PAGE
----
From On Being a Photographer, by Bill Jay & David Hurn (p.31):
The main tool of photography, the small box camera, has unfortunately stunted the growth of photography. It has created a mindset that a camera is a few inches high, several inches wide, and the lens sits on the front and focuses on something. When I was out a few weekends ago with another LF photographer strolling on the streets of Seattle, we got a lot of "WTF??" questions, etc. Yes, aliens had landed, they look peculiar, but they're not especially threatening (and no, it's not a Hasselblad).This reminds me ... Ralph Steiner, the late, great photographer, would occasionally write me a funny, provocative letter after he had read one of my published articles. He would end with the words: "But you still have not told me in which direction to point the camera -- and this is what matters." And he is right.
So what does that mean? The mind becomes used to X tool, and that defines what is done with the art form. So to break out of X syndrome, a different tool is used, or it is played very differently.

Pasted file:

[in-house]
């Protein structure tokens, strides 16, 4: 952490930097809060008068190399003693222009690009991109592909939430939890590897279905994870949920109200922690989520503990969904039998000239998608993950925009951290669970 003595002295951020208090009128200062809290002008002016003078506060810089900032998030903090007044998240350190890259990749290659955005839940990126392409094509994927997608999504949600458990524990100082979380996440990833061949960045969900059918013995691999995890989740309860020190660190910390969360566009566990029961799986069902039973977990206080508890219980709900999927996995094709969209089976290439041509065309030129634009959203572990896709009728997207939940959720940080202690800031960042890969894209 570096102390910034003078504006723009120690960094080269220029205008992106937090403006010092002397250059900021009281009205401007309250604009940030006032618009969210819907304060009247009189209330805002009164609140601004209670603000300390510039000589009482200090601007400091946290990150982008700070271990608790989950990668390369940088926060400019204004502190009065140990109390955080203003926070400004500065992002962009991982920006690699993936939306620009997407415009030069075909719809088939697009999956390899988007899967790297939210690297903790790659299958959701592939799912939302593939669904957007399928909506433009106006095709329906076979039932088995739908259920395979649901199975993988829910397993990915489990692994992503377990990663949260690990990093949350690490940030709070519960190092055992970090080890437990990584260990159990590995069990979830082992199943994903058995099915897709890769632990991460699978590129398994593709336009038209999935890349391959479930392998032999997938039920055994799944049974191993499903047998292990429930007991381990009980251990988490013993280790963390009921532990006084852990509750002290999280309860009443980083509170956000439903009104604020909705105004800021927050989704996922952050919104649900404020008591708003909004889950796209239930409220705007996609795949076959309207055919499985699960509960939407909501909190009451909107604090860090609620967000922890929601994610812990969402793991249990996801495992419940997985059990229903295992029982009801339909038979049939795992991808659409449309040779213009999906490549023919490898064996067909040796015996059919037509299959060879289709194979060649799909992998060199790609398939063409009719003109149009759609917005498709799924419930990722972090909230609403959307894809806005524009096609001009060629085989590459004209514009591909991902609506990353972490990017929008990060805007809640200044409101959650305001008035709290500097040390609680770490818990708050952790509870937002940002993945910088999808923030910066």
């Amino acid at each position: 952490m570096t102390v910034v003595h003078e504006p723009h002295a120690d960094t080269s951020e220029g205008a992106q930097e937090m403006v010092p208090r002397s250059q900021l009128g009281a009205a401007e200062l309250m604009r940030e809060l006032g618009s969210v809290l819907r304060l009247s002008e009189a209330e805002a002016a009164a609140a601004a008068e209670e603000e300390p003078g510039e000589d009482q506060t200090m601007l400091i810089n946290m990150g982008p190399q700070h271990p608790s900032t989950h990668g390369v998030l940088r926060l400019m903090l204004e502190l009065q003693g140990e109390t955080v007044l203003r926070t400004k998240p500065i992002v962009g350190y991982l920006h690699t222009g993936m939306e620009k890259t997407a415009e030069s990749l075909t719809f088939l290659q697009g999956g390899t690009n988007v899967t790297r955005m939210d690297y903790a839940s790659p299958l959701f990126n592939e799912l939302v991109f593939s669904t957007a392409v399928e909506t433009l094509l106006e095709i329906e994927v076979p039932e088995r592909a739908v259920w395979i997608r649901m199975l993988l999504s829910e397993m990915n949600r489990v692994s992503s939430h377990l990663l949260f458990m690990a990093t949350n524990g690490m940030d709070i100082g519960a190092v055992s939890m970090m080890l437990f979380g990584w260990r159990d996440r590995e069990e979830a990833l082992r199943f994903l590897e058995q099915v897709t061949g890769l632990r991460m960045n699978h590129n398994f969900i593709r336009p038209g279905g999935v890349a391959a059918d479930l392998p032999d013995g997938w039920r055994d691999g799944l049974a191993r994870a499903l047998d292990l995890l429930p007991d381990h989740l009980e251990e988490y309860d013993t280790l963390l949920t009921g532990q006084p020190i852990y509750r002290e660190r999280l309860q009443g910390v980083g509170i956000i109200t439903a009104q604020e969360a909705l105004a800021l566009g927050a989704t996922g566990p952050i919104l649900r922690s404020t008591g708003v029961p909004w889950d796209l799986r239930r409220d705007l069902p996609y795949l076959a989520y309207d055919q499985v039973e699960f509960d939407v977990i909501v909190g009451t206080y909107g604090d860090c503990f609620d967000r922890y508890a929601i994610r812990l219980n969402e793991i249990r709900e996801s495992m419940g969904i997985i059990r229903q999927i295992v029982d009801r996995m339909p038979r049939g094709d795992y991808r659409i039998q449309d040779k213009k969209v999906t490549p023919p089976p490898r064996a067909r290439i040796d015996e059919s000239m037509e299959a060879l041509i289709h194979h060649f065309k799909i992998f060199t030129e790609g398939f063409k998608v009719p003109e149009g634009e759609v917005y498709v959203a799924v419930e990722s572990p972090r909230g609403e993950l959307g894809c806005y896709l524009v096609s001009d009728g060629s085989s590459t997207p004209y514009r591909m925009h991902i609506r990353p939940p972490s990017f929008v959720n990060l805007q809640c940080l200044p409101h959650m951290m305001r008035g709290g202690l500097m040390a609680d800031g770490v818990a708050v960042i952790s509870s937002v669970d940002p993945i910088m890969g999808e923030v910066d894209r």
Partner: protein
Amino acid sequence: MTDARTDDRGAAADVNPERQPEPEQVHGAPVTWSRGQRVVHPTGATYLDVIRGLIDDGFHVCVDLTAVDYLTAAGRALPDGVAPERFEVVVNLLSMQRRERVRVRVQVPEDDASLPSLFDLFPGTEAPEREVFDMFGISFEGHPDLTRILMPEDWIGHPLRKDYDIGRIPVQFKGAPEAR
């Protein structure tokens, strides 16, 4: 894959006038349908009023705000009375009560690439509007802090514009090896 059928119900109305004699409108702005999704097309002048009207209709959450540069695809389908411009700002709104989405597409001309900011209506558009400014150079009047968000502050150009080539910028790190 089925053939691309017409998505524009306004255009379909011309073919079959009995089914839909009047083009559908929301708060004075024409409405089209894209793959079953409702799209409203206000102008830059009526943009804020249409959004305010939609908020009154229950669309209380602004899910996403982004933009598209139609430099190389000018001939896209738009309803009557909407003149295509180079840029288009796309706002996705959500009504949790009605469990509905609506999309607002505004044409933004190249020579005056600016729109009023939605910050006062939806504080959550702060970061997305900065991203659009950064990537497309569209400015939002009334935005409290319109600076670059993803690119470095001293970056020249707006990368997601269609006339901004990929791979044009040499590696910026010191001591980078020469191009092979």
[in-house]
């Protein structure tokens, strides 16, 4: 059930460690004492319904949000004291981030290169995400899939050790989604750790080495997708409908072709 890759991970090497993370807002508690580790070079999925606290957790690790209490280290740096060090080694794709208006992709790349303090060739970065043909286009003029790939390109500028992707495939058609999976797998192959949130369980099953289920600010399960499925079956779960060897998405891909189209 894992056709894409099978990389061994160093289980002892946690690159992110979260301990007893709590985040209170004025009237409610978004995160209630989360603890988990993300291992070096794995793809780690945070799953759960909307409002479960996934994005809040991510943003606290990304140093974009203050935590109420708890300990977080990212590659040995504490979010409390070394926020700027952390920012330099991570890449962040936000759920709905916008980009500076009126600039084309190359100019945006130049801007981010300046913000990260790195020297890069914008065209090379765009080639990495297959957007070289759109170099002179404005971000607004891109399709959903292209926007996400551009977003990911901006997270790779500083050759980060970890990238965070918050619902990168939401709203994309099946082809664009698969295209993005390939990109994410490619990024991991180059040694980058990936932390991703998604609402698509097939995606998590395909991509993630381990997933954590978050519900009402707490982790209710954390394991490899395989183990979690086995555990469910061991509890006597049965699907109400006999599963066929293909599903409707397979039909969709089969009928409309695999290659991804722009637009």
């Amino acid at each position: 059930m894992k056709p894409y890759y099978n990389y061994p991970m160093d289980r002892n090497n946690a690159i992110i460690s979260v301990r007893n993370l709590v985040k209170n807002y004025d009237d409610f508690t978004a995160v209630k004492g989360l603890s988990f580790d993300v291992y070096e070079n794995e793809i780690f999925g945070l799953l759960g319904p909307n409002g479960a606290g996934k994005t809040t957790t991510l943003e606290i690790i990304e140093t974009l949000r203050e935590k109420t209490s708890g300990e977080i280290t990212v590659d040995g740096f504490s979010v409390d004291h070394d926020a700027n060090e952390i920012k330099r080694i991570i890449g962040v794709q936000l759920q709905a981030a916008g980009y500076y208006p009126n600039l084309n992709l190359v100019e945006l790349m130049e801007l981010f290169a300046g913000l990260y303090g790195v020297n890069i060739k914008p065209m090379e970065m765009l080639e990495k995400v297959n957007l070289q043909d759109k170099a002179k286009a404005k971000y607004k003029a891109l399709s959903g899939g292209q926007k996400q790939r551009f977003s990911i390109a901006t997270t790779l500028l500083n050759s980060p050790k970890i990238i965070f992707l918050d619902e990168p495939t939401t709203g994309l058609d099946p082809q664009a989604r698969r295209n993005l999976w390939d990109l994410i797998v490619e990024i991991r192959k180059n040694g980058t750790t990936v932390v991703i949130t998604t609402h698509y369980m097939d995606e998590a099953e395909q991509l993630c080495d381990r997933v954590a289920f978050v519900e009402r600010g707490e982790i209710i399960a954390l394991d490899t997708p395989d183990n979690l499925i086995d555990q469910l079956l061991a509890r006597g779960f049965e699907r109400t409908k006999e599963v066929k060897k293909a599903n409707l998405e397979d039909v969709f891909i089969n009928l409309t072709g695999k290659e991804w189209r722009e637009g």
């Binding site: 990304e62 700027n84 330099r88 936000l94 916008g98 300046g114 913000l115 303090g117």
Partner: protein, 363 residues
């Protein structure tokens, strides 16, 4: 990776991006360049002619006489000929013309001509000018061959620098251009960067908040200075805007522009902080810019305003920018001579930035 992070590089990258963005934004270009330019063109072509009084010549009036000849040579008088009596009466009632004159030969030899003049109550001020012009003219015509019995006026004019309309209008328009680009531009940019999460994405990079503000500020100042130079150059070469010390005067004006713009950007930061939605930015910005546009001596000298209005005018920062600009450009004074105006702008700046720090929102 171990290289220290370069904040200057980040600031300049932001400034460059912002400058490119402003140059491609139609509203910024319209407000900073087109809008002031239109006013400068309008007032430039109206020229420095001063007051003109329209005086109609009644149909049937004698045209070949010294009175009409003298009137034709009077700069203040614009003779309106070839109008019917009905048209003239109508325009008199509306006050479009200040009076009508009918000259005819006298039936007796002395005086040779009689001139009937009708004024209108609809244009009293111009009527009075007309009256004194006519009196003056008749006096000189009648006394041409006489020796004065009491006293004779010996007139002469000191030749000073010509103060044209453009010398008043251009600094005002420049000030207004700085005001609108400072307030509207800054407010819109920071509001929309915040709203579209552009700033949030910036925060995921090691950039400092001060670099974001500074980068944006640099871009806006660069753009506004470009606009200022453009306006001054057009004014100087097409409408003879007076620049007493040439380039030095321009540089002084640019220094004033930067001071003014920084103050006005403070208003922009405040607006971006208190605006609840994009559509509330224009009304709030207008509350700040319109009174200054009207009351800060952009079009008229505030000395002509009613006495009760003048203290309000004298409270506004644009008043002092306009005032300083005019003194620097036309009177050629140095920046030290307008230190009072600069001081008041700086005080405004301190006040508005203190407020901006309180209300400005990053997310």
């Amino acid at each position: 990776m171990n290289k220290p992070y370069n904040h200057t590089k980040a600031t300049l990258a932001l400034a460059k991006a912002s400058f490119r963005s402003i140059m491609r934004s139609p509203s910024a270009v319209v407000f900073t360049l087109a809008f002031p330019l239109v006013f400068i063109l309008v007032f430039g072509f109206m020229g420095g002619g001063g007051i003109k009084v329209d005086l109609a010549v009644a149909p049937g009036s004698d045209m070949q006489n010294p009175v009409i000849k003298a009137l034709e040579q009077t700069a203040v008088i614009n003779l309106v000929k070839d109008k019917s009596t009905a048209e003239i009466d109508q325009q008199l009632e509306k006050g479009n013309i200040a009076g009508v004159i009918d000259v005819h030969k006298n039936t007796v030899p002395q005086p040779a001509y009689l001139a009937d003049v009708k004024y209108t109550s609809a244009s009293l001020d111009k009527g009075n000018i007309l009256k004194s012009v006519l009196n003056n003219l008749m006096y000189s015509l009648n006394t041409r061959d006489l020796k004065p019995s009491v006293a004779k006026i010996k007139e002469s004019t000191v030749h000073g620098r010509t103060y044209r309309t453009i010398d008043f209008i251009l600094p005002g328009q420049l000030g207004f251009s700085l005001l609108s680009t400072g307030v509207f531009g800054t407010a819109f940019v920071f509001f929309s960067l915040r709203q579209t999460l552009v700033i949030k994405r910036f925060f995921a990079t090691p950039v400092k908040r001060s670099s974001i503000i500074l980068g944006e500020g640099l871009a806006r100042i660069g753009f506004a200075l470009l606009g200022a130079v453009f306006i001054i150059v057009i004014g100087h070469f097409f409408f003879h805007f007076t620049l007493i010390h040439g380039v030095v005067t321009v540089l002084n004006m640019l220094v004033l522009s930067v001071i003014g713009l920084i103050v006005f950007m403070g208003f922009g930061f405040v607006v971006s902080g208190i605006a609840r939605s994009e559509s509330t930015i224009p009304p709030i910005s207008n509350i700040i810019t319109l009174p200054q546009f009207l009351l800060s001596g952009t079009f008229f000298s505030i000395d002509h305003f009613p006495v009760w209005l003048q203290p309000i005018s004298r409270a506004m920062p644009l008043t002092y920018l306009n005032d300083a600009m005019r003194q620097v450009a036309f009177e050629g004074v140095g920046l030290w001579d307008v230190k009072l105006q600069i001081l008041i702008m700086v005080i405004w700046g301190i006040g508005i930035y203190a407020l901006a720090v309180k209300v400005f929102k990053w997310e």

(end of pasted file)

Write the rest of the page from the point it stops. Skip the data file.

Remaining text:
"They said, 'You have a blue guitar,
You do not play things as they are.'
The man replied, 'Things as they are
Are changed upon the blue guitar.'"
-- Wallace Stephens
When a tool is used which changes things as they are, it's usually disparaged. Soft focus? Selective focus? A toy camera? Infrared film? Monster grain? Oh, such a horror! Painting with a different brush is oh so tres gauche! Witness the f/64 group. And also witness that their photographs have also survived the test of time.
Maybe it is not the photographers, but it is the public who is directing photography. Why do William Wegner's dogs or Anne Gerdes' babies sell? People just like them. Why do Adams' expansive and majestic landscapes stand the test of time? People just like them. And on and on. And so the market drives the direction of art, because that's where the money is.